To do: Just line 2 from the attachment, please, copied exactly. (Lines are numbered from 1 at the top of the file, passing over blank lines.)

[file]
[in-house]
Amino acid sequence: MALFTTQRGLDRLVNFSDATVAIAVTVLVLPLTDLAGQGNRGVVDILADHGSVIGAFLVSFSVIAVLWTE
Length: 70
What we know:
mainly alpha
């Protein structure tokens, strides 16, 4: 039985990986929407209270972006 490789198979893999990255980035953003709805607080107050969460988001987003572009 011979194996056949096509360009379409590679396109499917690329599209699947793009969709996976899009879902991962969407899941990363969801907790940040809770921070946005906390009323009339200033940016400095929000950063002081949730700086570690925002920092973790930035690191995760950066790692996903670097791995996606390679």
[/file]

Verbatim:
Amino acid sequence: MALFTTQRGLDRLVNFSDATVAIAVTVLVLPLTDLAGQGNRGVVDILADHGSVIGAFLVSFSVIAVLWTE